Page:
Kimberly Yee and Sheila Polk Use Power to Prop Up Marijuana Prohibition
Earlier this month, Polk led the Yavapai Board of Supervisors to pass a resolution supporting marijuana prohibition. When New Times asked Board chairman Rowle Simmons why prohibition was better than legalization, he said he didn't know -- and that Polk had asked him to vote for the resolution, so he did.
In an Arizona Court of Appeals ruling last month, Polk was allowed to ban a medical-marijuana user from using marijuana as a term of probation.
But the court stymied Polk's plan to extend the ban on every person taking a plea deal in Yavapai County.
The case stemmed from a DUI bust in which a woman who had a .237 BAC was also found to have marijuana in her system. Polk's plea deal for the woman ordered her to "not buy, grow, possess, consume or use marijuana in any form, whether or not Defendant has a medical-marijuana card..." as a term of her probation.
When a trial-court judge struck the provision from the plea deal, citing the state's Medical Marijuana Act, Polk told him she would divert all change-of-plea cases to a different judge from then on, and would try to find judges "more agreeable to the probation term."
In an October 2013 memo Polk circulated after the trial judge's decision, Polk explained her reasoning for banning marijuana use by anyone taking a plea deal was that "marijuana continues to be banned by federal law and is ... a harmful addictive substance."
Polk further explained in the memo that she had instructed her prosecutors "to include the standard marijuana provision in every plea agreement."
For various reasons, Judges Jon Thompson and Lawrence Winthrop wrote in the 2-1 opinion that the trial court had erred by refusing to let Polk ban the DUI defendant from using marijuana as a condition of her probation, and that the lower court judge should have applied an "individualized analysis." (The third appellate judge, Margaret Downie, dissented on technical grounds.)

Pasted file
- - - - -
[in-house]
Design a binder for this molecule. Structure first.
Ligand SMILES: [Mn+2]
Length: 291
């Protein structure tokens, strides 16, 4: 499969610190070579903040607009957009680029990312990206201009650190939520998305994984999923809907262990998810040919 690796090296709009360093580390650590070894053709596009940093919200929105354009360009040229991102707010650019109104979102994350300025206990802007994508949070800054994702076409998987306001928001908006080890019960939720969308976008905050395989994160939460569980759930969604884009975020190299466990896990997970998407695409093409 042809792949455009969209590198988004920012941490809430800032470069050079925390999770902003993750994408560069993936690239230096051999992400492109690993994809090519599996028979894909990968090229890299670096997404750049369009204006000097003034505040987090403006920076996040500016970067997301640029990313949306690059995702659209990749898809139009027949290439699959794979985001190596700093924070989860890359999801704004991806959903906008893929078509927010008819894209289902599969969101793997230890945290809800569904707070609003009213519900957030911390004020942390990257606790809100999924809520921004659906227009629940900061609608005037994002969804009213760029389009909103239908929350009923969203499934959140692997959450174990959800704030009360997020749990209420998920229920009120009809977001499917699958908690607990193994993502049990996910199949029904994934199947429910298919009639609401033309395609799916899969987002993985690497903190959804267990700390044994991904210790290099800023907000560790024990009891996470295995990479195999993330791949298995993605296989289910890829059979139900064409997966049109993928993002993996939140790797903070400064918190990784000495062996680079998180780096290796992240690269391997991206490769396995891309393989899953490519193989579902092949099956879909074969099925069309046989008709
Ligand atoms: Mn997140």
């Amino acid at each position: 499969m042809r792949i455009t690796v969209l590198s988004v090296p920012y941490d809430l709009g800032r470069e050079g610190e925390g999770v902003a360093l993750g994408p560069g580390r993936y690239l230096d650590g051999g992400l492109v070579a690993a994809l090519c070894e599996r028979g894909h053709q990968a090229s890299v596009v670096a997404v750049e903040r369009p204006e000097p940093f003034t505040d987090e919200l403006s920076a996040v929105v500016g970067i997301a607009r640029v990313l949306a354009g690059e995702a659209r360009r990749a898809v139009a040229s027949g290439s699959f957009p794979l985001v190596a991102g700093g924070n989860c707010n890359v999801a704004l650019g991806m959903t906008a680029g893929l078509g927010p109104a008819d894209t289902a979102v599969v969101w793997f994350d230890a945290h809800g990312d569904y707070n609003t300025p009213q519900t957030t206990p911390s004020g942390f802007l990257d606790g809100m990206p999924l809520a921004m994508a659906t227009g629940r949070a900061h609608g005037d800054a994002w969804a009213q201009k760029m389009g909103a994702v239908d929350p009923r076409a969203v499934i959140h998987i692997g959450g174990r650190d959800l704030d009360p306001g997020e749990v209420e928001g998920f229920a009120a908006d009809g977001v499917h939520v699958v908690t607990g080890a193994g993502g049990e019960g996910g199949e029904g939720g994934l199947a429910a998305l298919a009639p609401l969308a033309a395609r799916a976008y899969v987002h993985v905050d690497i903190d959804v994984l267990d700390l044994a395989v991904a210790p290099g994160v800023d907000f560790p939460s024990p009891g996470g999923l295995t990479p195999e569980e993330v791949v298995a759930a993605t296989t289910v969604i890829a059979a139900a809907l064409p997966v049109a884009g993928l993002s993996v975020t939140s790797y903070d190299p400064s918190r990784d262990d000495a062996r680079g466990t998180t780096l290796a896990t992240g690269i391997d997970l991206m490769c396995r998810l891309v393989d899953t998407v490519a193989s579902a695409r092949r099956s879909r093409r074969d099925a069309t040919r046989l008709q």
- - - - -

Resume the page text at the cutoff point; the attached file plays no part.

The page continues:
The appeals court supported Polk's "use of this condition" for the woman, noting that she had behaved "recklessly and engaged in disruptive behavior" while on booze and pot.
Yet the judges drew the line there, saying they "disapproved" of Polk's attempt to create a "blanket provision," which they felt would "not satisfy the prosecutor's duty to make an individualized determination of what is reasonably beneficial to the public good."
We don't know whether Polk has continued to use a blanket provision against those taking a plea regardless of the ruling, which stops short of ordering her not to do so. Polk was out of the office when we tried to reach her today.
No doubt, Polk and Yee, as two of the state's foremost anti-marijuana voices, will keep up their fight -- even if they appear to be on the losing end of history.
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